INCHEON, South Korea - The growing number of African-born athletes competing under Asian flags could discourage the development of home-grown talent, the Olympic Council of Asia said on Monday, but also suggested their success may help raise regional standards.
Several oil-rich Gulf states including Bahrain, Qatar and United Arab Emirates have achieved overnight athletics success by recruiting fleet-footed young Africans, who are free to compete at international level after meeting eligibility and residency requirements.
Excluding two race walking events, five of the seven track gold medals won in the first two days of the athletics competition at the Asian Games have been won by runners born in Africa who have switched allegiance.
Wei Jizhong, an honorary life vice president of the OCA, warned of the dangers of buying success. "We have to work to avoid any country or region, instead of training the athletes, they buy the athletes," he said at a news conference on Monday.
"If they buy the athletes, they stop training their own athletes. That is not beneficial to a country's sport."
In Incheon, the blue riband men's 100 metres sprint was won by Nigerian-born Femi Ogunode, who moved to Qatar in 2009 and was allowed to compete at the Guangzhou Asiad a year later, where he won the 200/400 double.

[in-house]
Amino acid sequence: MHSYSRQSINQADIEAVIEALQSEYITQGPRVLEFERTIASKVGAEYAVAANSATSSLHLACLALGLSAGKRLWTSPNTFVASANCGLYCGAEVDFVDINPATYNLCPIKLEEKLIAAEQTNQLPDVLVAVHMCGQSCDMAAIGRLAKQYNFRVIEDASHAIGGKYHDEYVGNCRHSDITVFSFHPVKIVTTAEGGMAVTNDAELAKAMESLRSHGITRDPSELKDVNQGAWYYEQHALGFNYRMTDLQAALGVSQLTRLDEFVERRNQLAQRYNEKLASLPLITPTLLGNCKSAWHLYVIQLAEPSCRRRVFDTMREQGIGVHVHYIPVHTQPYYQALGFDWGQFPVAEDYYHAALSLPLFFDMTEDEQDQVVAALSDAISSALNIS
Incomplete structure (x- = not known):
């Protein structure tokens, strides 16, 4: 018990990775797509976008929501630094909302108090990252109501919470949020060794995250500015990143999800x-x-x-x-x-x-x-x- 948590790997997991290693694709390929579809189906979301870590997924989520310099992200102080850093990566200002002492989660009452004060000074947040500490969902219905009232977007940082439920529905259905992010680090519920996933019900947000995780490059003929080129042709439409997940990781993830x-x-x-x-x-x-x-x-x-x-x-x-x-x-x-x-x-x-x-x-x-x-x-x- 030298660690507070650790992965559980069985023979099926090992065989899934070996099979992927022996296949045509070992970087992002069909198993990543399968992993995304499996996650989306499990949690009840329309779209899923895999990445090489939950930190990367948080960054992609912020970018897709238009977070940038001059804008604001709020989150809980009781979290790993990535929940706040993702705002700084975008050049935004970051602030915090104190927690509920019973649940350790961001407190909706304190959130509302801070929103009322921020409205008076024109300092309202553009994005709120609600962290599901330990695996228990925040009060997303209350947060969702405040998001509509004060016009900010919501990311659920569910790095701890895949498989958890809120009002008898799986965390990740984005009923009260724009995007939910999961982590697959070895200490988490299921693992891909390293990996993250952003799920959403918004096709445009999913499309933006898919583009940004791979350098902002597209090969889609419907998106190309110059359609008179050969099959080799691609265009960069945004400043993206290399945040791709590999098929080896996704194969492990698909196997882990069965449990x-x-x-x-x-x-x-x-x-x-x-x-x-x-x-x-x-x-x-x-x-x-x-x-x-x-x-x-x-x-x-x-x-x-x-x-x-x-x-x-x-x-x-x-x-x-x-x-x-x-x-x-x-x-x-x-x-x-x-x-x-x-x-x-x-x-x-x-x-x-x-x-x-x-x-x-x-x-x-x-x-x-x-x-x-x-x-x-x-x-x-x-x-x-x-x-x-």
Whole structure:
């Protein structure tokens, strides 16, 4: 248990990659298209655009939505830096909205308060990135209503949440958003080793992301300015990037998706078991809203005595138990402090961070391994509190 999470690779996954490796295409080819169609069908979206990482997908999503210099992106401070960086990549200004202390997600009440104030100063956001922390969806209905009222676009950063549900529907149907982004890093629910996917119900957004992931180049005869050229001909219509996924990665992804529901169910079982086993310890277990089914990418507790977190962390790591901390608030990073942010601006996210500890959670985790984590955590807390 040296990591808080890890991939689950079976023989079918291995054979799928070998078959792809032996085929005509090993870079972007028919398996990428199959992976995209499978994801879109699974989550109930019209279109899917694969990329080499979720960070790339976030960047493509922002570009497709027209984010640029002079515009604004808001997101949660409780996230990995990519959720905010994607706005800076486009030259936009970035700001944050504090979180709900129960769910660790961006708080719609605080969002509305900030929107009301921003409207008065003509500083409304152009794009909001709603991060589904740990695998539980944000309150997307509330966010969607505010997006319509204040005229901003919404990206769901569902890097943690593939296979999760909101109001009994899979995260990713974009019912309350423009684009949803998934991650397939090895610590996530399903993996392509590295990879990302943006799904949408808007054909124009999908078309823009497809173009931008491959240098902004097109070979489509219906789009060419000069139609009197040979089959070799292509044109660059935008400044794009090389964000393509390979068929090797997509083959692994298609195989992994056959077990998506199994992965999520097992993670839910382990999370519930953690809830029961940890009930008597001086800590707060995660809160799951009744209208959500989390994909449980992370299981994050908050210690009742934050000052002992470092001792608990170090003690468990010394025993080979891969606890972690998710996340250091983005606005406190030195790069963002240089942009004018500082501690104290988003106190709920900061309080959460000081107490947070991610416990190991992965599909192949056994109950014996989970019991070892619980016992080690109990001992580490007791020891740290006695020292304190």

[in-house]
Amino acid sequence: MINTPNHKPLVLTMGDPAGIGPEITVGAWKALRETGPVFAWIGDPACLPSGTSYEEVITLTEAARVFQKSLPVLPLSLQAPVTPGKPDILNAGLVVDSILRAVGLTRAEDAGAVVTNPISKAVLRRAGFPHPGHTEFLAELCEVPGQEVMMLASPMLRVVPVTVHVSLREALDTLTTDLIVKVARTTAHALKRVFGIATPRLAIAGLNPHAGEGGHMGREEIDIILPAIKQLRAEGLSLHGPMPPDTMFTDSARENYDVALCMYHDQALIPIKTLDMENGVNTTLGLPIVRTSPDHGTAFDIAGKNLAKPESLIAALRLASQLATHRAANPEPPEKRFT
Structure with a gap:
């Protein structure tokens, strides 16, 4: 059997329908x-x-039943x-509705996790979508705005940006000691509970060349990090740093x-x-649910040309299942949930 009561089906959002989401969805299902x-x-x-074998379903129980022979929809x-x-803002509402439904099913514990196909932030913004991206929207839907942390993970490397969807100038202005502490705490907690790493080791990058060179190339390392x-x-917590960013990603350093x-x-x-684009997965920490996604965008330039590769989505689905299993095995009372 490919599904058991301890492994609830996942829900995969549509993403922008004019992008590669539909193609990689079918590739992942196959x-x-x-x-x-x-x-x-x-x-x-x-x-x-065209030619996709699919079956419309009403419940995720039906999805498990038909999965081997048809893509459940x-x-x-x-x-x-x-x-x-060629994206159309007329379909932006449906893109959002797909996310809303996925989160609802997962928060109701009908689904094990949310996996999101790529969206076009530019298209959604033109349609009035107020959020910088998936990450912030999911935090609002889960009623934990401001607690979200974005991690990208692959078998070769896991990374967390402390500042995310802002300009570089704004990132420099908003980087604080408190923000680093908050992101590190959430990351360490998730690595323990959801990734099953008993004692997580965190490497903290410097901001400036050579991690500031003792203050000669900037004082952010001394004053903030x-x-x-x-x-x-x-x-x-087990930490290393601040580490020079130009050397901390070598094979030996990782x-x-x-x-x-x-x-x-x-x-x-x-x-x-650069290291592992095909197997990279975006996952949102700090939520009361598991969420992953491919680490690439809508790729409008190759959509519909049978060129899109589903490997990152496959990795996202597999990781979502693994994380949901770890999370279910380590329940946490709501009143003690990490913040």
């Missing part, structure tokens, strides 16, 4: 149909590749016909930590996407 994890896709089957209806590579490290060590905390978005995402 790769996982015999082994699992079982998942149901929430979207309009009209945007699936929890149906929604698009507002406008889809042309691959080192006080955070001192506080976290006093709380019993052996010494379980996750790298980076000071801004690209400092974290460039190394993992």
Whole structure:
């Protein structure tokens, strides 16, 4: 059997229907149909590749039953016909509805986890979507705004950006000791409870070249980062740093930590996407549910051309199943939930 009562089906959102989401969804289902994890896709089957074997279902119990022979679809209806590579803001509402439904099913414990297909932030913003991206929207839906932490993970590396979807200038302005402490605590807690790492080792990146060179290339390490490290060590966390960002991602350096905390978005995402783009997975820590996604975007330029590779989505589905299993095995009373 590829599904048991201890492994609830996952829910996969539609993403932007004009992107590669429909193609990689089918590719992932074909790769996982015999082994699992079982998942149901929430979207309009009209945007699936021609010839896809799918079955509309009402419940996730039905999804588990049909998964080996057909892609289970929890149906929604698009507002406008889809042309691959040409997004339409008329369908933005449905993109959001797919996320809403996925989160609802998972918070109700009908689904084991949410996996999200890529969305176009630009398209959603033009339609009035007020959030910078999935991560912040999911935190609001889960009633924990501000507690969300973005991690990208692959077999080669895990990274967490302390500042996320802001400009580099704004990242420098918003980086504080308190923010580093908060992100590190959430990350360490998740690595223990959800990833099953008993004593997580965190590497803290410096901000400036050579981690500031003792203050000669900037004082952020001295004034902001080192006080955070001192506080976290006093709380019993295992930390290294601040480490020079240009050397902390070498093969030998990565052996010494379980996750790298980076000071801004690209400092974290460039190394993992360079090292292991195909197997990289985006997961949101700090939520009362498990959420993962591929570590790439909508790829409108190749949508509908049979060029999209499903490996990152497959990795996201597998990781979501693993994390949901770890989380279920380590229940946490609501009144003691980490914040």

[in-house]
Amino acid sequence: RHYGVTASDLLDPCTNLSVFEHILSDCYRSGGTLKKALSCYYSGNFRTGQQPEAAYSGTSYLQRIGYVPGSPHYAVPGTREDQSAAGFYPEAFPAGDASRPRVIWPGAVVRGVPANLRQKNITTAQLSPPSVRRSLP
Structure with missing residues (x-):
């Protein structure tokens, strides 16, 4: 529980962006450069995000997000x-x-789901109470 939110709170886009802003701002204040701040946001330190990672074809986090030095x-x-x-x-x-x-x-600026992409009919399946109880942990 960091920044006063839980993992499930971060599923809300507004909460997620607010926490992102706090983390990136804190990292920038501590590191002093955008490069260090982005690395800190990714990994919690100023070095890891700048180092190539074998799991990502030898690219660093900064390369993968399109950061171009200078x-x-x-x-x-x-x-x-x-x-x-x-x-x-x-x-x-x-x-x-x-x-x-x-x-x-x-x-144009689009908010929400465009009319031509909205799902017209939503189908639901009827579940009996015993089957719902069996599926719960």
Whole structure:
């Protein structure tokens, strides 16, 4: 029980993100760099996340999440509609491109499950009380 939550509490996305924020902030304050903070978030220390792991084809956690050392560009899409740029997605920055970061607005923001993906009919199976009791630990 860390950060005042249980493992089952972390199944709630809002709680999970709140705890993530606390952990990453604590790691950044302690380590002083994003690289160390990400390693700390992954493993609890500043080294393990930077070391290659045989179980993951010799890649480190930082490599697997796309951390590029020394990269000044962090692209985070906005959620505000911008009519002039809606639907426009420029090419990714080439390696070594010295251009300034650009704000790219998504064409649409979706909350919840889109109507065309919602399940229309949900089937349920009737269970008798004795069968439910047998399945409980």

He became the first man to run under 10 seconds at the Asian Games on Sunday.
Ogunode's former compatriot, Oluwakemi Mujidat Adekoya, only switched allegiance to Bahrain earlier this year and won the women's 400m, while athletes born in Kenya, Morocco and Ethiopia have also struck gold at the ongoing Asian Games.
At the Guangzhou Games four years ago, all six medallists from the men's 5,000 and 10,000m were born in Africa.
However, OCA Director General Husain Al-Musallam, speaking at the same news conference, said he was not concerned about the possibility that an influx of African talent could discourage young Asian athletes from taking up the sport.
"No, we are not worried," the Kuwaiti said. "These athletes will raise the standard. They have met all the eligibility requirements and they are eligible to compete. "They (Asian) athletes will work harder to achieve a higher standard."
Al-Musallam also said that hundreds of applications from African-born athletes hoping to switch allegiance were being turned down by Gulf states.
Japan's Ayumi Hagiwara, who won bronze in the women's 10,000m, said the presence of African athletes was a double-edged sword.
"First of all, I did think that African athletes had more support than we did," she said after her race on Saturday, which was won by Ethiopia-born Alia Saeed Mohammed, who now represents the UAE.
"I also believe that African athletes will help us and inspire us to do better in future competitions."
However, 1,500m runner Kim Yong-gu thought the stiffer competition from African-born competitors had made it more difficult for South Koreans to shine at their home Games.
"I think South Korean athletes would have been in a better position if they hadn't participated in an Asian event," he said.